Miravalle Foods, Inc. of El Monte, CA, is conducting a voluntarily recall on its 0.75 ounce packages of Miravalle brand Achiote Molido Ground Annato spice because they have the potential to be contaminated with Salmonella, an organism which can cause serious and sometimes fatal infections in young children, frail or elderly people, and others with weakened immune systems. Healthy persons infected with Salmonella often experience fever, diarrhea (which may be bloody), nausea, vomiting and abdominal pain. In rare circumstances, infection with Salmonellacan result in the organism getting into the bloodstream and producing more severe illnesses such as arterial infections (i.e., infected aneurysms), endocarditis and arthritis.
The recalled packages of Ground Annato 0.75 oz. were distributed in California, Utah, Idaho, Colorado, Nevada, Washington and Oregon, in retail stores.
The product comes in a 0.75 ounce, clear plastic package marked with lot # 0015 & #0018 on the top of the UPC number (712810005020).
No illnesses have been reported to date in connection with this problem.
The potential for contamination was noted after routine testing by FDA revealed the presence of Salmonella in some 0.75 ounce packages of “Ground Annato.”
Production of the product has been suspended while FDA, California Department of Public Health, and Miravalle Foods, Inc. continue their investigation as to the source of the problem.
As of April 21, 2014, a total of 132 persons infected with the outbreak strain of Salmonella Cotham have been reported from 31 states since February 21, 2012.
- 58% of ill persons are children 5 years of age or younger.
- 42% of ill persons have been hospitalized. No deaths have been reported.
Epidemiologic, laboratory, and traceback findings have linked this outbreak of Salmonella infections to contact with pet bearded dragons purchased from multiple stores in different states. Bearded dragons are popular pet lizards that come in a variety of colors.
Of the three isolates collected from ill persons, one (33%) was resistant to ceftriaxone, an antibiotic used to treat serious Salmonella infections.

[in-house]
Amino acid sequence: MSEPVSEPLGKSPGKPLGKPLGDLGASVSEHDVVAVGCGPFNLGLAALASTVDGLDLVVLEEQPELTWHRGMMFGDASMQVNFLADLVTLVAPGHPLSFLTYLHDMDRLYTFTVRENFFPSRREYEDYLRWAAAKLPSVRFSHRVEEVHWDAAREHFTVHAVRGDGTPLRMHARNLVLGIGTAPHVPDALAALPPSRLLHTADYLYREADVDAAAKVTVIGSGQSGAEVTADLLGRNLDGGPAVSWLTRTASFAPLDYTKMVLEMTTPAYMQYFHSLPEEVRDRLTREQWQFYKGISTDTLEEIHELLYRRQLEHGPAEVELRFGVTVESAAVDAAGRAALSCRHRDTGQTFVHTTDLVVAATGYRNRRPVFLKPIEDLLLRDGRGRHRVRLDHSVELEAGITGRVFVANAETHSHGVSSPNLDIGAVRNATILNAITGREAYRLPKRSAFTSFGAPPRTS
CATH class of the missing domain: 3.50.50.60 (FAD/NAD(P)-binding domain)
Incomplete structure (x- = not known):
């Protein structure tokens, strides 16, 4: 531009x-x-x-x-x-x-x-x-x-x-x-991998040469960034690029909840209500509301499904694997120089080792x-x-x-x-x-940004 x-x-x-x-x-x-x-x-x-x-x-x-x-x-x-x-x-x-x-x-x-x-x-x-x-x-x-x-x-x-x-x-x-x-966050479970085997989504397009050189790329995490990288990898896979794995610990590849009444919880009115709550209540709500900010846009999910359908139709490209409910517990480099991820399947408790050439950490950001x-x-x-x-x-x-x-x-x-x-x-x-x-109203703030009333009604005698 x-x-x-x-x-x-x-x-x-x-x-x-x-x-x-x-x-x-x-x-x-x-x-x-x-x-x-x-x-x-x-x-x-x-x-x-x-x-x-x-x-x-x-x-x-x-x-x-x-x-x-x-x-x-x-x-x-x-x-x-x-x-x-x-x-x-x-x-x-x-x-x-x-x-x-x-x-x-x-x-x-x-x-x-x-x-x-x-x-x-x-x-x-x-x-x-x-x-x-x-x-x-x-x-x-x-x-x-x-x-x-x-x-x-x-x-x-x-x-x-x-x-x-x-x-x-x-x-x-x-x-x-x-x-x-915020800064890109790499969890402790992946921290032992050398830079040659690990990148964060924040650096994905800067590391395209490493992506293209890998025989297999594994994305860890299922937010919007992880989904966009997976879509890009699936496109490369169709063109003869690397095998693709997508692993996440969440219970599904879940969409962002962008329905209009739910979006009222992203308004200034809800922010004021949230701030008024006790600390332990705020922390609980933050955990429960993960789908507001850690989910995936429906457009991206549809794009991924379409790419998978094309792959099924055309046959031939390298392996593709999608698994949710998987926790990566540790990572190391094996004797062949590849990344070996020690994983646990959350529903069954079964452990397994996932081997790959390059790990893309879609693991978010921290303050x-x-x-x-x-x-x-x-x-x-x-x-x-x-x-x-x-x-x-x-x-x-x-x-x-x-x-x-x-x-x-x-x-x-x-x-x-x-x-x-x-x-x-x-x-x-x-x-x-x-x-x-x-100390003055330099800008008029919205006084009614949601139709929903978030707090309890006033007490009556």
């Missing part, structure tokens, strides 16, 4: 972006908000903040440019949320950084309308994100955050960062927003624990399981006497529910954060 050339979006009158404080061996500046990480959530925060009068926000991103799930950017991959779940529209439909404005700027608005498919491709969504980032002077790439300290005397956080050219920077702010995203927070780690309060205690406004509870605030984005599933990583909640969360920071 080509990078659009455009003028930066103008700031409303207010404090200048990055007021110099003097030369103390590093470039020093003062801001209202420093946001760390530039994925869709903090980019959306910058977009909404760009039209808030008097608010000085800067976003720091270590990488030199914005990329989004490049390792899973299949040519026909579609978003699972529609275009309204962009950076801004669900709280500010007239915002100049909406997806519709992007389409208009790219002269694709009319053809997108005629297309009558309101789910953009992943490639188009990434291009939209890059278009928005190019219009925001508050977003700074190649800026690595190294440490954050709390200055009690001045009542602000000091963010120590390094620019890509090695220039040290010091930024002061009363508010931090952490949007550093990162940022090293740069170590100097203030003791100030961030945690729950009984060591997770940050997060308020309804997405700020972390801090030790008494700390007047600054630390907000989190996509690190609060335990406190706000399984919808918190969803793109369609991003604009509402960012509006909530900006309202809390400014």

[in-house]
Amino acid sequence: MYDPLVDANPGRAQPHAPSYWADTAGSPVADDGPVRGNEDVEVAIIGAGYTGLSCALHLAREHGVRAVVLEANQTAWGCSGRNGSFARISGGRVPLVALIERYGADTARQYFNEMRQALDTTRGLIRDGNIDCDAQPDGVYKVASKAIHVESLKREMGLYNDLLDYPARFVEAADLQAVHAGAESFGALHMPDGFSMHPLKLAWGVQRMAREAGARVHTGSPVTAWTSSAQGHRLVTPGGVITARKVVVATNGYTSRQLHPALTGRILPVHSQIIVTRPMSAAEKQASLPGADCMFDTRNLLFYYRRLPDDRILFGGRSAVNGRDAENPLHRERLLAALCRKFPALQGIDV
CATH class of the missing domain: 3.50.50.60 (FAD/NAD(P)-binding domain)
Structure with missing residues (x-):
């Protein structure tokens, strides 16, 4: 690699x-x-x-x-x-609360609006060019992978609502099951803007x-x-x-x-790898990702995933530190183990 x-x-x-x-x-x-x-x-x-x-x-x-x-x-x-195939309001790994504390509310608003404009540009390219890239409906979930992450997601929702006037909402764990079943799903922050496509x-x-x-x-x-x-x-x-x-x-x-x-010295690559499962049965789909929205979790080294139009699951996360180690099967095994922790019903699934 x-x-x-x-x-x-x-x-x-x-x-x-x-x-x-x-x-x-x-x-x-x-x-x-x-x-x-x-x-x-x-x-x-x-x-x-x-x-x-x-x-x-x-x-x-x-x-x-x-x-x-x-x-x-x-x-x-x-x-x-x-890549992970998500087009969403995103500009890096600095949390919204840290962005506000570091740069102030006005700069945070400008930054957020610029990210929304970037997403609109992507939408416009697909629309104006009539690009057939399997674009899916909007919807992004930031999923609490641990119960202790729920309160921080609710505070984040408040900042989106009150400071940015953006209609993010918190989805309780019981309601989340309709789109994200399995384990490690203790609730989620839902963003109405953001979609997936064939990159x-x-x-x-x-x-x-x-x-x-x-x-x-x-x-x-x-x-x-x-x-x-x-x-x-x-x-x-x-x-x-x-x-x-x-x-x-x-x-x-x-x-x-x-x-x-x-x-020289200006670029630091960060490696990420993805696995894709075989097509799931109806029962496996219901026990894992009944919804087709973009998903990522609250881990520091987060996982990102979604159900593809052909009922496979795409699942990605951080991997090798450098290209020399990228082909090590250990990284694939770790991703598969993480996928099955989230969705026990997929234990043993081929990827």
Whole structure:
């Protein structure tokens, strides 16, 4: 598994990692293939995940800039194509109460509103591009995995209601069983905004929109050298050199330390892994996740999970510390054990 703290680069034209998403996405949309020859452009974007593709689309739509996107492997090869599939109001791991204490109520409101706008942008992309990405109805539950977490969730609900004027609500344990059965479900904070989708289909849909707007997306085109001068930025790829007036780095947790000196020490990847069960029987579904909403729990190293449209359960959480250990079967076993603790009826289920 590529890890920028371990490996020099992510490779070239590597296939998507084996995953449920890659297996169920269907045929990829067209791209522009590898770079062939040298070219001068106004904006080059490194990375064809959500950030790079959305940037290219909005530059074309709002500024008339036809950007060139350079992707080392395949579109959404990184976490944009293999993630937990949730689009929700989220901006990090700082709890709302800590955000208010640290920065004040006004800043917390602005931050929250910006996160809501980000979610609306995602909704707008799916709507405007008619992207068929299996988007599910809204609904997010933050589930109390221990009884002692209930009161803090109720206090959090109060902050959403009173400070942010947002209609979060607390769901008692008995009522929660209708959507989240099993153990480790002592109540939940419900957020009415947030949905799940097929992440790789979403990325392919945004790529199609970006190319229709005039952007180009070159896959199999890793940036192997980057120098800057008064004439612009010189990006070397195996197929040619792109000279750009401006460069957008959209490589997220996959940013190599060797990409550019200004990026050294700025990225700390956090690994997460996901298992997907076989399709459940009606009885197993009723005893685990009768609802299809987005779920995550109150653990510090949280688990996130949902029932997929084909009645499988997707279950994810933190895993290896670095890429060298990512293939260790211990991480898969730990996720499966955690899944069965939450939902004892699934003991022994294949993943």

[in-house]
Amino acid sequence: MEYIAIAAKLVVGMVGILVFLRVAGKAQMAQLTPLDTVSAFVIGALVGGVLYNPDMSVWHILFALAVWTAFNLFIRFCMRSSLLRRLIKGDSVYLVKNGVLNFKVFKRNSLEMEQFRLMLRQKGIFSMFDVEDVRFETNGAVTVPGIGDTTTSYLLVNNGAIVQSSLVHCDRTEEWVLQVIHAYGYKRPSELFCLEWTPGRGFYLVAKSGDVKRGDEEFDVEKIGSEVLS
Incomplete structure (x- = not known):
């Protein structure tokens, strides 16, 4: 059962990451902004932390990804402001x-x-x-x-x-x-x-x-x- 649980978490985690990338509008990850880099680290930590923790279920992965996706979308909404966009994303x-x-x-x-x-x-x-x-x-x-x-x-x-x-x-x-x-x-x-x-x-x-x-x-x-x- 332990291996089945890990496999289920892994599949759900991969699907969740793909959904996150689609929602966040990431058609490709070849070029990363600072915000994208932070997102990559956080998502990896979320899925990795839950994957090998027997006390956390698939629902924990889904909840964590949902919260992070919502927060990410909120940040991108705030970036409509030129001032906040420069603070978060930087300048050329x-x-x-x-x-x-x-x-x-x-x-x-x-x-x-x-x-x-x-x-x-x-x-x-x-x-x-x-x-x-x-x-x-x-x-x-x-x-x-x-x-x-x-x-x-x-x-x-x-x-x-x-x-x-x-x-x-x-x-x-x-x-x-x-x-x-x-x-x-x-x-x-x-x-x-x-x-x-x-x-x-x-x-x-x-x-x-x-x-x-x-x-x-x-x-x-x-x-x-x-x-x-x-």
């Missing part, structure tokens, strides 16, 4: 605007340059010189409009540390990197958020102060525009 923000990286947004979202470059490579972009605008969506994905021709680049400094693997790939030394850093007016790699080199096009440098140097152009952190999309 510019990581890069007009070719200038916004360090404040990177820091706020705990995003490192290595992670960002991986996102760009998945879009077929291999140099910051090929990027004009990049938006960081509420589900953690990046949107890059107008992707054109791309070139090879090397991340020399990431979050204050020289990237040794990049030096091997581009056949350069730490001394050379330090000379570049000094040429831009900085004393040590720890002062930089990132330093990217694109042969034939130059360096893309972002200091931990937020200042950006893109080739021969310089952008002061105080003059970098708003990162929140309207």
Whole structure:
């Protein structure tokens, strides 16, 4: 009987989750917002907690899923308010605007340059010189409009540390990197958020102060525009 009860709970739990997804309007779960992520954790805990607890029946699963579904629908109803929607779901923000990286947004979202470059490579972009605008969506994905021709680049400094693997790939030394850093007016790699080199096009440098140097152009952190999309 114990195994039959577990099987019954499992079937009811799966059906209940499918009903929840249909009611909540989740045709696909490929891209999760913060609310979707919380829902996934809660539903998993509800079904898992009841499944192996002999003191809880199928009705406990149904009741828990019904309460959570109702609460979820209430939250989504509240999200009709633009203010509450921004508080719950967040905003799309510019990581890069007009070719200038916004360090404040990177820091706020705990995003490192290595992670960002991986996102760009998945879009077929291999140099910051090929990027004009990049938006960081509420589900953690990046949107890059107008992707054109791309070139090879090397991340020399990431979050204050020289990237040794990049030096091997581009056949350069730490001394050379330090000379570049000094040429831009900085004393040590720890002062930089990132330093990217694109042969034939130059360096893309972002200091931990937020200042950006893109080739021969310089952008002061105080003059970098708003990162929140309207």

Consumers who purchased raw milk from Greenfield Dairy, 1450 Tittle Road, Middleburg, should discard it immediately due to possible Listeria monocytogenes contamination.
The Pennsylvania Department of Agriculture today said raw milk collected during required routine sampling by a commercial laboratory on April 8 tested positive for the bacteria.
Greenfield Dairy owned by Paul Weaver, sells directly to consumers at an on-farm retail store. The packaged raw milk is sold under the Greenfield Dairy label in half gallon glass containers dated April 18, 21, 22 and 24. It is labeled as “raw milk.”
Agriculture officials have ordered the owner of the dairy to stop the sale of all raw milk until further notice. Two samples taken at least 24 hours apart must test negative before the farm can resume raw milk sales.
Raw milk is milk that has not been pasteurized.
Pennsylvania law allows farms to sell raw milk but requires the farms to be permitted and inspected by the agriculture department to reduce health risks associated with unpasteurized products. There are 175 farms in Pennsylvania permitted to sell raw milk or raw milk cheese.
According to press reports, more than 300 people who had eaten at La Fontana restaurant in Nyack between March 29 and April 1 received free vaccines last weekend for Hepatitis A.
The Rockland County Department of Health gave out the free vaccines after announcing last week that a case of Hepatitis A had been identified in a worker at the restaurant.
But not everyone who may have been exposed was vaccinated.
The vaccine is most effective when given within 14 days of exposure to the virus, therefore patrons who ate at the restaurant between March 19 and March 28 would not benefit from vaccination, health officials said.
Instead they encourage those who were not vaccinated, but visited the restaurant between March 19 and April 1 to see a doctor if symptoms develop.